Bolt on Rector, 'Toxic Debt: An Environmental Justice History of Detroit'

Josiah Rector
Carmen Bolt

Josiah Rector. Toxic Debt: An Environmental Justice History of Detroit. Justice, Power, and Politics. Chapel Hill: University of North Carolina Press, 2022. 332 pp. $95.00 (cloth), ISBN 978-1-4696-6575-7; $29.95 (paper), ISBN 978-1-4696-6576-4

Reviewed by Carmen Bolt (American University) Published on H-Environment (January, 2023) Commissioned by Daniella McCahey (Texas Tech University)

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In Toxic Debt: An Environmental Justice History of Detroit, author Josiah Rector traces the long and tumultuous history of disparities in Detroit’s urban environment, focusing primarily on water deprivation and industrial pollution. He applies the concept “toxic debt” to describe “the trend of environmental load displacement by financial capitalists and the state onto urban communities of color, as exemplified by Flint’s poisoned water and Detroit’s mass water shutoffs” (p. 5). Rector is particularly interested in how the finance and real estate industries (and processes of austerity politics and expropriation) have contributed to present-day environmental inequality, arguing that over the past four decades, “debt and the politics of austerity have become increasingly central to the struggle for environmental justice in the city.”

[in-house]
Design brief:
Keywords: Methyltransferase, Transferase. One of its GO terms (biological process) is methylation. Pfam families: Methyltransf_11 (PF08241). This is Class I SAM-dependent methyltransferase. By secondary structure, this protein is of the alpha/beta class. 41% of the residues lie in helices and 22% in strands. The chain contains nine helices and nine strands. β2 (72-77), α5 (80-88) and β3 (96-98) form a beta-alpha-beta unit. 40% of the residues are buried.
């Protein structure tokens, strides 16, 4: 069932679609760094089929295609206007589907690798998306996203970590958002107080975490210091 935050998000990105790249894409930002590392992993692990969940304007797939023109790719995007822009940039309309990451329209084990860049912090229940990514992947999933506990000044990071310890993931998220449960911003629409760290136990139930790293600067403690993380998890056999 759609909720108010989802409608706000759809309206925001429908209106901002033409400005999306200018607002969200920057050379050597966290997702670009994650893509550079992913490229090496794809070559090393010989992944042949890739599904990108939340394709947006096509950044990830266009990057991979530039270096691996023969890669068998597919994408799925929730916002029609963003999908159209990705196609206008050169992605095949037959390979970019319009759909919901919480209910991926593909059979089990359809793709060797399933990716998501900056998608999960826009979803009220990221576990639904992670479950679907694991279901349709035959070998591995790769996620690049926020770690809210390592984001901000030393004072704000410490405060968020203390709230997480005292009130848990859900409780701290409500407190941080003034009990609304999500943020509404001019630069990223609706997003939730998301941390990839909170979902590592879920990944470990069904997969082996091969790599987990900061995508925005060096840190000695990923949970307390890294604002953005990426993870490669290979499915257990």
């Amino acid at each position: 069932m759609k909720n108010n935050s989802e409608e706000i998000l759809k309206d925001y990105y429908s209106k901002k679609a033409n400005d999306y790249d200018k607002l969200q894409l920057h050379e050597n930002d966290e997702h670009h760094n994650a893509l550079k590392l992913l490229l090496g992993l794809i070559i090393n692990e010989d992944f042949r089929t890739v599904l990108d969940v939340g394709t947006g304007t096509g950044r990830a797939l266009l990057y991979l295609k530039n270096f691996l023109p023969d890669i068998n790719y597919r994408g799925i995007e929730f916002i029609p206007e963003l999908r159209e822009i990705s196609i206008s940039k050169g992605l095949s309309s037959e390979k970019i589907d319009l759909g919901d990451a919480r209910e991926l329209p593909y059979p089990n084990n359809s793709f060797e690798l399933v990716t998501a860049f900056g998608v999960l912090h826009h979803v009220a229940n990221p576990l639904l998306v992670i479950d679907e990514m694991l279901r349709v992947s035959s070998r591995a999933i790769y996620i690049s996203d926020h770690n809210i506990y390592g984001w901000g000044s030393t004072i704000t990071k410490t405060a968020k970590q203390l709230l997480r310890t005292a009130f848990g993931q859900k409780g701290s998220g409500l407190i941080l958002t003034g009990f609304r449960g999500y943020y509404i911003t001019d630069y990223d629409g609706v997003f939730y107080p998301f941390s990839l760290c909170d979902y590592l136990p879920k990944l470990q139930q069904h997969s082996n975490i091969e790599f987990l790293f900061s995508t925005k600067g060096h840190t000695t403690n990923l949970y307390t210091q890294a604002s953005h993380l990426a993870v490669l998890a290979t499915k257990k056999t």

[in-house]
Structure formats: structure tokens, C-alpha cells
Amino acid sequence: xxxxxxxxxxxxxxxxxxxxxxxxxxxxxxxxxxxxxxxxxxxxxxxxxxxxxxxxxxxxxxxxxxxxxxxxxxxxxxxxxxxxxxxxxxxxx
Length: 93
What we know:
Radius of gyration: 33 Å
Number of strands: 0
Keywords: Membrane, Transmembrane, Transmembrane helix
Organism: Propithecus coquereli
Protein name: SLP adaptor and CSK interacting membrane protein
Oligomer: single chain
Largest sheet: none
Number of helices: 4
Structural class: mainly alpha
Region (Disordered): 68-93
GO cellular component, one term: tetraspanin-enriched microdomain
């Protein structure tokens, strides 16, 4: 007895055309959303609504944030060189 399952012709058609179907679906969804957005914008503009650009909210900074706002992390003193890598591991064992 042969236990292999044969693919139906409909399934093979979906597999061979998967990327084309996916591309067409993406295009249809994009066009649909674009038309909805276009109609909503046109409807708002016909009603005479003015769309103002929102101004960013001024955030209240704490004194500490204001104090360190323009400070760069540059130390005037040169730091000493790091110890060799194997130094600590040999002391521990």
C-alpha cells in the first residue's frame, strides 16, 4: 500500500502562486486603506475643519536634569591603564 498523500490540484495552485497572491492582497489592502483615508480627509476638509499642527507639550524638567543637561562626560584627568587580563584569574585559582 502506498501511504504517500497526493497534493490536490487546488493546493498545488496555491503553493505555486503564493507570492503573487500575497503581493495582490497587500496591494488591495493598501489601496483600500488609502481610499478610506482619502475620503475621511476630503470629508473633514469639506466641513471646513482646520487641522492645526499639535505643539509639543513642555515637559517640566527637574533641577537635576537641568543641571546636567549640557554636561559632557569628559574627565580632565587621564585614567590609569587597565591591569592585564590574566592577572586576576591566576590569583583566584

Toxic Debt is organized in three roughly chronological parts, each exploring an “environmental inequality regime” or “spatial order of environmental risk embedded in the urban political economy” of Detroit (p. 8). The first focuses on the regime of Liberal Industrial Capitalism during the late nineteenth and early twentieth centuries, in which mass production, proliferating wealth and income inequality, residential segregation, and municipal reform culminated to produce a waste-ridden river and a slum-clearing program that left Detroit’s most vulnerable housing-insecure and most exposed to air and water pollution. Regulated Fordist Capitalism—what Rector defines as the second regime—lasted from the 1930s to 1970s and, by the end of the period, saw regulatory “wins” in the realms of fair housing, affirmative action, and environmental and workplace safety. However, increased regulation and deindustrialization in the 1960s and 70s also contributed to the drain of capital from the city. From this confluence of social and economic change, then, came the third regime—the Environmental Inequality Regime of the 1970s to the present. According to Rector, it was during this regime that “the deregulation of industrial polluters and predatory mortgage lenders, alongside the evisceration of welfare and public health programs, led directly to environmental health disasters for poor and working-class African Americans, especially women and children” (p. 9). Any reader who assumes this study is a declensionist narrative, however, need only turn to Rector’s final chapter, in which he deftly chronicles the efforts of grassroots activists—particularly working-class women—to achieve environmental justice in all realms of society (water and air pollution, food systems, transit networks, energy justice, and waste disposal). Thus, Rector weaves together a multigenerational narrative of urban space and the battle to define, design, and defend it.